BusinessDay

80% of businesses in Africa fail within five years of establishment – report

Eighty percent of businesses under the Micro, Small and Medium Enterprises (MSME) in Africa fail within the first five years of their existence despite having the highest entrepreneurship rate in the world, a 2022 Nigeria MSME report has shown.

The report titled ‘fuel for Africa’s next billion businesses’ compiled by Kippa, a Fintech startup that helps small businesses manage financial records, also revealed that 22 percent of Africa’s working-age population start businesses due to various reasons but these businesses lack resources or structure to survive.

“Harsh economic environments, lack of access to capital, and poor business practices have stunted the growth and transition of micro-businesses; apart from these, African MSMEs are majorly a one-person show, they often don’t grow to employ more labour, and they don’t scale to out-live their founders or become generational,” the report revealed.

According to the report, the most significant impediment to MSMEs’ growth is not a lack of capital but a lack of the skills necessary to manage a successful firm, as well as a lack of process, corporate structure, and business acumen.

For example, Emmanuel one of the respondents who runs a shoe business in Aba has been operating for 15 years but he only has one employee and two apprentices, hence the possibility of business expansion and sustainability is slim seeing that he lacks the proper documentation and structure businesses require to make meaningful growth.

“Millions of Emmanuel are distributed across Nigeria and Africa, working in various sectors and experiencing the same issues, this is the reality when they argue that African enterprises have potential, but lack the tools and resources to transform those potentials into economic advantage and wealth,” it explained.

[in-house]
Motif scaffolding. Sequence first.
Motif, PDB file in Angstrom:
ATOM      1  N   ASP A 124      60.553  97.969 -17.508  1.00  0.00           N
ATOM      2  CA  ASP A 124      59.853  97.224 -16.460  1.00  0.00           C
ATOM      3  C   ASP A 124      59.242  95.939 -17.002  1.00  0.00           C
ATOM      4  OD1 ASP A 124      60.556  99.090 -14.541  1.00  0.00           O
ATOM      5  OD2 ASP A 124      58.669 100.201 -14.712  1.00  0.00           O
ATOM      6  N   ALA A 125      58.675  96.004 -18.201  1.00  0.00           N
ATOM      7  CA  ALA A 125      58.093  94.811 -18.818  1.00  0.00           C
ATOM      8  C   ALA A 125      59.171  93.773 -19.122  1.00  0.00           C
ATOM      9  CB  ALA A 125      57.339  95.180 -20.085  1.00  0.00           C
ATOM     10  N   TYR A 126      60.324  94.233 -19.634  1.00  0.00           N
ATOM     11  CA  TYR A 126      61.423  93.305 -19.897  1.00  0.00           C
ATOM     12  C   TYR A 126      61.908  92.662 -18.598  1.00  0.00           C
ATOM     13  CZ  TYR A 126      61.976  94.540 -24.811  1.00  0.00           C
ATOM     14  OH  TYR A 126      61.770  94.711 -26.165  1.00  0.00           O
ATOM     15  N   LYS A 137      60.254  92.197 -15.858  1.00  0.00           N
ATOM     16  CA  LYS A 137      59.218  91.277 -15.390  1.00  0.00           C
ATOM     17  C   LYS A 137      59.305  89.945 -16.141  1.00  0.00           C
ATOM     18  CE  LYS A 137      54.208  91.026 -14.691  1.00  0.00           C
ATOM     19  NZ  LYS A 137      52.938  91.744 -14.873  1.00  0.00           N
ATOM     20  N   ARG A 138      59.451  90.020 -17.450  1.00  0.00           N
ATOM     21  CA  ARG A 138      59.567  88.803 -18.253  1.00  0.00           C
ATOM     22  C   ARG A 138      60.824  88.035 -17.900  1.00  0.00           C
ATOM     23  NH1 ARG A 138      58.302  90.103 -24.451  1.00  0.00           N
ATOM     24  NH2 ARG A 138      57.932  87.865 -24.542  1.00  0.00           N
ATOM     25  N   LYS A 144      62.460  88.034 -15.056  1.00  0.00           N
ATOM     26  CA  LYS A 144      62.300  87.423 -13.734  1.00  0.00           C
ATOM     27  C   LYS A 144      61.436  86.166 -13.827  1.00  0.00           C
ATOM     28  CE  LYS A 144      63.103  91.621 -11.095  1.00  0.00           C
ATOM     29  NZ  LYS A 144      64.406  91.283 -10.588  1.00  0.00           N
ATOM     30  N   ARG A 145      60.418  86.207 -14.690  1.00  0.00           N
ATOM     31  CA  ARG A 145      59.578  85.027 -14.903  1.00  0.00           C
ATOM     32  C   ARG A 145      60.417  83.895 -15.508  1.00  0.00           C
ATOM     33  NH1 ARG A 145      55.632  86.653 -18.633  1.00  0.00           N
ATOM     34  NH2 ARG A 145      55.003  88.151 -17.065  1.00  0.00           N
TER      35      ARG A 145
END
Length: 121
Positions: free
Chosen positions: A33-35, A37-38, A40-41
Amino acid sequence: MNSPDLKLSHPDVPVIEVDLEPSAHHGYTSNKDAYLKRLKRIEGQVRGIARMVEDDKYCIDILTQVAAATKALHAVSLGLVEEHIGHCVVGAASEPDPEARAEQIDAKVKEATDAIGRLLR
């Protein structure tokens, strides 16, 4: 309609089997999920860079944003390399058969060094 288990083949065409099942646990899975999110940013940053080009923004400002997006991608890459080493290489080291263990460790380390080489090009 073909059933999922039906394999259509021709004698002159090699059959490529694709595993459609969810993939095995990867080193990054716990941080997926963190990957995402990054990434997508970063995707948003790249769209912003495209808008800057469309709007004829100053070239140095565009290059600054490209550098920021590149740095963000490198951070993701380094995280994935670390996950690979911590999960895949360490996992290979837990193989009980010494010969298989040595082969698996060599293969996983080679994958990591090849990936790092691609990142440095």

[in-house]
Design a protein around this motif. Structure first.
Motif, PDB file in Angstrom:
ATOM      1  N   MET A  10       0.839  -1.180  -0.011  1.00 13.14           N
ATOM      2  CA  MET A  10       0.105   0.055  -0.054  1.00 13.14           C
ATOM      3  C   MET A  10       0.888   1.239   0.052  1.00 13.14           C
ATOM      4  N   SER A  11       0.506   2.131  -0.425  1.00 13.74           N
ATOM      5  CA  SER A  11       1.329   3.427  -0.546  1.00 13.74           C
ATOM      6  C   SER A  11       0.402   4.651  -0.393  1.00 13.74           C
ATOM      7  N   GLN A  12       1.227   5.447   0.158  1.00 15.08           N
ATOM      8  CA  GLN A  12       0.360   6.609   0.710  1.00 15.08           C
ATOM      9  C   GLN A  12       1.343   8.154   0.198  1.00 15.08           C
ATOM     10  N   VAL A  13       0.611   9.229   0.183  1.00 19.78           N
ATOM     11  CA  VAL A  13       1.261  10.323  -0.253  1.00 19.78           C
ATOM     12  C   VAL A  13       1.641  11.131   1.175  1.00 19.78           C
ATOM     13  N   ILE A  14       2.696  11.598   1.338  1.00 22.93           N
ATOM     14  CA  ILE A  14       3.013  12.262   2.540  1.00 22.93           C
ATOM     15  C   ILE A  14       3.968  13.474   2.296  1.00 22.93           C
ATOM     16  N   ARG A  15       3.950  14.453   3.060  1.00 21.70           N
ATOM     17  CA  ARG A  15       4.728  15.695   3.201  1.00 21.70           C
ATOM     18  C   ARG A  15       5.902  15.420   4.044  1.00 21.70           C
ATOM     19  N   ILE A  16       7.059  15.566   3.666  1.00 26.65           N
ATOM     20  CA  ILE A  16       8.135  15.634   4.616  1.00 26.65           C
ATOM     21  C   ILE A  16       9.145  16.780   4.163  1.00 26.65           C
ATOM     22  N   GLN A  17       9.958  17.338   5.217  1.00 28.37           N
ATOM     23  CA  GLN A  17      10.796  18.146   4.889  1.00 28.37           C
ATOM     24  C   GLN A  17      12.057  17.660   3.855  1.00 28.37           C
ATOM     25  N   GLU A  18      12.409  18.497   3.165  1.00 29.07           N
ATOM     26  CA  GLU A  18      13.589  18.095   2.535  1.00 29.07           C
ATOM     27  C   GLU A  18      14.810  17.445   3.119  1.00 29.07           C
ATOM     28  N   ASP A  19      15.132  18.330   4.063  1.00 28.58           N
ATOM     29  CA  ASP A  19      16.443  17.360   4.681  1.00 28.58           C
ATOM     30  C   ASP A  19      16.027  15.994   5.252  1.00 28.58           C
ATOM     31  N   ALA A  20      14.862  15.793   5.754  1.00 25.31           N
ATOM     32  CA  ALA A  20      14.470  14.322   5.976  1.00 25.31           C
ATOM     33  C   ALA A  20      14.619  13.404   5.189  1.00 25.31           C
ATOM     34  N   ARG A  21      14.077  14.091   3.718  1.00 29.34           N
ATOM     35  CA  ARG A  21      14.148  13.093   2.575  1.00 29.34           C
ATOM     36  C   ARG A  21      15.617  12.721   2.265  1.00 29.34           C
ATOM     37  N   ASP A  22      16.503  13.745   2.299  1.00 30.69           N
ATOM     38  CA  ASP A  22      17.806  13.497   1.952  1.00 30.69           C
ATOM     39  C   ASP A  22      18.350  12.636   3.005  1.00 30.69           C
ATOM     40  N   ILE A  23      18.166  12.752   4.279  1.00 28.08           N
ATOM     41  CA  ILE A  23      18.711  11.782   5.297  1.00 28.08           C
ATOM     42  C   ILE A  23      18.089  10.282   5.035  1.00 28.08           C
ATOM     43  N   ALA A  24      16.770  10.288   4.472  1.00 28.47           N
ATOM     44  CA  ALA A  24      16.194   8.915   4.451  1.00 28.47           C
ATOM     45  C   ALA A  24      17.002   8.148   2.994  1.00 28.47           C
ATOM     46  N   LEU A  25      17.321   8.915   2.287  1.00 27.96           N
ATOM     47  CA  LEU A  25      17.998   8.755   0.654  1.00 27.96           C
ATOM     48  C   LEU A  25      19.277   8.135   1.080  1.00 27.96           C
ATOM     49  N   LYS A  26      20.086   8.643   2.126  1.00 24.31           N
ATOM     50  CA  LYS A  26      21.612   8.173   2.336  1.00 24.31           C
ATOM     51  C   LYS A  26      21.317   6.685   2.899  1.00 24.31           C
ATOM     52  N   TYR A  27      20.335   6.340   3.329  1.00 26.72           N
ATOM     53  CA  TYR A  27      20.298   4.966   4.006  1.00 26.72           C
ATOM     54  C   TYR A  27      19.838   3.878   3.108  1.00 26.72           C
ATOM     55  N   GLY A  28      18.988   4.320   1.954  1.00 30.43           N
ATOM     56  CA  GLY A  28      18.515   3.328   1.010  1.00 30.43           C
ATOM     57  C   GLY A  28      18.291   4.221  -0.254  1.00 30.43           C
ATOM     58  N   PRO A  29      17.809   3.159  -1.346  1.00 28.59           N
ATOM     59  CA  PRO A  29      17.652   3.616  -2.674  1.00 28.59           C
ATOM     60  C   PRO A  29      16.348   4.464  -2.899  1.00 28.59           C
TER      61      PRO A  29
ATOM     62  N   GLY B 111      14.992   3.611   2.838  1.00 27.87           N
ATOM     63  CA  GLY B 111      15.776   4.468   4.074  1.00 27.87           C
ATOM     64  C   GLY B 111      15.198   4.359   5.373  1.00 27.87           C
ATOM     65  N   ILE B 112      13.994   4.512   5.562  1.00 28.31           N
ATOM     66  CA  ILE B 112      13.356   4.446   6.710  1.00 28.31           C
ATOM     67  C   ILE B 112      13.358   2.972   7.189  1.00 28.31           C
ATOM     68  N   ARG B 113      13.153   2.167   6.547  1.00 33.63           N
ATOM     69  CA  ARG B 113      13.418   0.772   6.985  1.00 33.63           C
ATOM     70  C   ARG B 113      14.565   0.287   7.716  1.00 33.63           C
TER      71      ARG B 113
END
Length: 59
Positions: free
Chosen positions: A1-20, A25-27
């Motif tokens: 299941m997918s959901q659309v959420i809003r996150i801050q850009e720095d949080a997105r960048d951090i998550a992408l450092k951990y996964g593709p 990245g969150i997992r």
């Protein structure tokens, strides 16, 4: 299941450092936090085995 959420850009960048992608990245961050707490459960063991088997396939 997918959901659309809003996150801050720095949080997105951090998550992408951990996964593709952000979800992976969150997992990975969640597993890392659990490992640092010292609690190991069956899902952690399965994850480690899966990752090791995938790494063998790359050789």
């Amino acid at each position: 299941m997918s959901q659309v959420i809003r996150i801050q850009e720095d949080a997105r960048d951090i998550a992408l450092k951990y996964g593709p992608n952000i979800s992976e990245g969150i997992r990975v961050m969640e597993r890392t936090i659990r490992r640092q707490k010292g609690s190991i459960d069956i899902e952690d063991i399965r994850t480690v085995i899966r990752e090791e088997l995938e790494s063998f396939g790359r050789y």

The Small and Medium Enterprises Development Agency of Nigeria (SMEDAN) states that out of Nigeria’s 200 million population, there are approximately 39.6 million MSMEs while other countries like the United States have 30 million MSMEs and China has 38 million MSMEs.

When compared to other countries with similar or even bigger populations, Nigeria has more MSMEs, however, businesses in other emerging markets like India, Brazil, Mexico, Peru, and Indonesia outgrow their founders, employ more than one person, grow and record profits over time.

Read also: The African SMEs: African beauty to the world

The short lives of MSMEs raise concerns for Nigeria and the African continent because they are the hope for economic prosperity seeing that they represent around 90 percent of all firms globally, provide roughly 70 percent of all employment, and, by some estimates, contribute up to 70 percent of global GDP.

According to the Business and Sustainable Development Commission, sustainable business models could open economic opportunities worth $12 trillion and create 380 million jobs by 2030, with more than 50 percent being located in developing countries.

Achieving this will require a transformation associated with adapting new business models, bringing in new innovation/technology, and doing business in a more sustainable and ethical manner.

The survey which was carried out with 23,618 MSMEs who use the Kippa App across Nigeria’s six geopolitical zones and thirty-six (36) states showed that 51 percent of businesses are domiciled in the South West while the least number of businesses (5.6 percent) are established in the North East.

“One reason for this may be because the south is more urbanized, has more internet connectivity and smartphone usage than the North as banditry, terrorism, and kidnapping in the region destabilize residents and their businesses,” it stated.

Furthermore, despite the various digital payment options available, the survey also revealed that 73.6 percent of MSMEs in Nigeria receive payments by cash while 23.30 percent receive payments through transfer and 3.04 percent through point of sale (POS) machines. According to MSMEs, cash is mostly preferred for payment because some tools and resources needed in digital payment are still unmet.

“Merchants need a digital payment platform that is stable, secure, and affordable in addition, it must be simple to use with a hassle-free onboarding process, this platform must also have an Instant settlement and seamless dispute resolution process,” the report revealed.

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